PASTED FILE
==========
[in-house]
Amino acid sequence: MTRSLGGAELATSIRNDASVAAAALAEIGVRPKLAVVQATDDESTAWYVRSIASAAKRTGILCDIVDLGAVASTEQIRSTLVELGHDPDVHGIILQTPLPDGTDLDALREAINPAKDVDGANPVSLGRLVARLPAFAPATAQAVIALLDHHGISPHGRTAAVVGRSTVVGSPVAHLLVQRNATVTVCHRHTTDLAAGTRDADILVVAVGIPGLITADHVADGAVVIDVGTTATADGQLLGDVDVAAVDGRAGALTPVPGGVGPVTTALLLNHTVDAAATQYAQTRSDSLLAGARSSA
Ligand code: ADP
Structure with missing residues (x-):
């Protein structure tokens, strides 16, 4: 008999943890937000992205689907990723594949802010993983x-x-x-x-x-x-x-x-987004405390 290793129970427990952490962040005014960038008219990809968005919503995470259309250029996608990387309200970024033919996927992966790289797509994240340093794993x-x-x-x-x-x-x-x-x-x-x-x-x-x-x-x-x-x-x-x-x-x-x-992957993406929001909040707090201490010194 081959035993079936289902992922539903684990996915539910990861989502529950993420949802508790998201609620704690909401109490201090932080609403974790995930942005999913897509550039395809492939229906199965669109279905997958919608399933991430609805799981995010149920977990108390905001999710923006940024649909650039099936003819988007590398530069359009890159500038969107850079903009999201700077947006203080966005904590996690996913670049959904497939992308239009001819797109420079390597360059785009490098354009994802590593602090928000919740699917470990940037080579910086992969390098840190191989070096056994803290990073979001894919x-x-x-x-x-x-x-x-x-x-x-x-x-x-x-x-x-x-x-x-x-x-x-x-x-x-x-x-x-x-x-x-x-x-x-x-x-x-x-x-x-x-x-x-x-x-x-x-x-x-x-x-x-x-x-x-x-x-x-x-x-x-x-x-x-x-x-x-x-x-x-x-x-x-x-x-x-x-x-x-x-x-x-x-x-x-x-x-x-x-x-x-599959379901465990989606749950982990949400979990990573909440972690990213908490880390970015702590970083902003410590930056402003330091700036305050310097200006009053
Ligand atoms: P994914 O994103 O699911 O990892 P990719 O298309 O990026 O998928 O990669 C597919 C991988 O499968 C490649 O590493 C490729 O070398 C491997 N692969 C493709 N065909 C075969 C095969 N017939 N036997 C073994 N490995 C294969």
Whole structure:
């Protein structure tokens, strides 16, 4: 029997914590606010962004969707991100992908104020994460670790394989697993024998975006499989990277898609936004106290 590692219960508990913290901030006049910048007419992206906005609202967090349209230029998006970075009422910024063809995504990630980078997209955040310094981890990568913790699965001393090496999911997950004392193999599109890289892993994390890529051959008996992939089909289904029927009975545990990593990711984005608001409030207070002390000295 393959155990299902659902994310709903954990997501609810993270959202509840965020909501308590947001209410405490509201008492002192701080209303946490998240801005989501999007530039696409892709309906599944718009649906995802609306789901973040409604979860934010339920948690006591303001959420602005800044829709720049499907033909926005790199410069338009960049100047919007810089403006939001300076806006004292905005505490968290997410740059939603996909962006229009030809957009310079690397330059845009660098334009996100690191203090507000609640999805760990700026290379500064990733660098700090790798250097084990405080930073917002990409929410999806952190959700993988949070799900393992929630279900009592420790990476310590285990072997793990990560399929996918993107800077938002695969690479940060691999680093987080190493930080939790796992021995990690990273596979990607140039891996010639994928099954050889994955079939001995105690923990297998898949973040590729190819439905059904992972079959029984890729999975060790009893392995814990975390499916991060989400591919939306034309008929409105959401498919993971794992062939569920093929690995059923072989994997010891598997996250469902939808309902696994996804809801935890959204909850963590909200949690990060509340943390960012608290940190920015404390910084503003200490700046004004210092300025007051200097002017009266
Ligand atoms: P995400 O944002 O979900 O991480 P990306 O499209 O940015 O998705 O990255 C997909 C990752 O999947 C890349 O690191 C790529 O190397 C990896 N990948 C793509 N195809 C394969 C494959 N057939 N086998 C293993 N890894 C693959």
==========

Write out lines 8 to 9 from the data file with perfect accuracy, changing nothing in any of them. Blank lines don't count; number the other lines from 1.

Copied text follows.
């Protein structure tokens, strides 16, 4: 029997914590606010962004969707991100992908104020994460670790394989697993024998975006499989990277898609936004106290 590692219960508990913290901030006049910048007419992206906005609202967090349209230029998006970075009422910024063809995504990630980078997209955040310094981890990568913790699965001393090496999911997950004392193999599109890289892993994390890529051959008996992939089909289904029927009975545990990593990711984005608001409030207070002390000295 393959155990299902659902994310709903954990997501609810993270959202509840965020909501308590947001209410405490509201008492002192701080209303946490998240801005989501999007530039696409892709309906599944718009649906995802609306789901973040409604979860934010339920948690006591303001959420602005800044829709720049499907033909926005790199410069338009960049100047919007810089403006939001300076806006004292905005505490968290997410740059939603996909962006229009030809957009310079690397330059845009660098334009996100690191203090507000609640999805760990700026290379500064990733660098700090790798250097084990405080930073917002990409929410999806952190959700993988949070799900393992929630279900009592420790990476310590285990072997793990990560399929996918993107800077938002695969690479940060691999680093987080190493930080939790796992021995990690990273596979990607140039891996010639994928099954050889994955079939001995105690923990297998898949973040590729190819439905059904992972079959029984890729999975060790009893392995814990975390499916991060989400591919939306034309008929409105959401498919993971794992062939569920093929690995059923072989994997010891598997996250469902939808309902696994996804809801935890959204909850963590909200949690990060509340943390960012608290940190920015404390910084503003200490700046004004210092300025007051200097002017009266
Ligand atoms: P995400 O944002 O979900 O991480 P990306 O499209 O940015 O998705 O990255 C997909 C990752 O999947 C890349 O690191 C790529 O190397 C990896 N990948 C793509 N195809 C394969 C494959 N057939 N086998 C293993 N890894 C693959």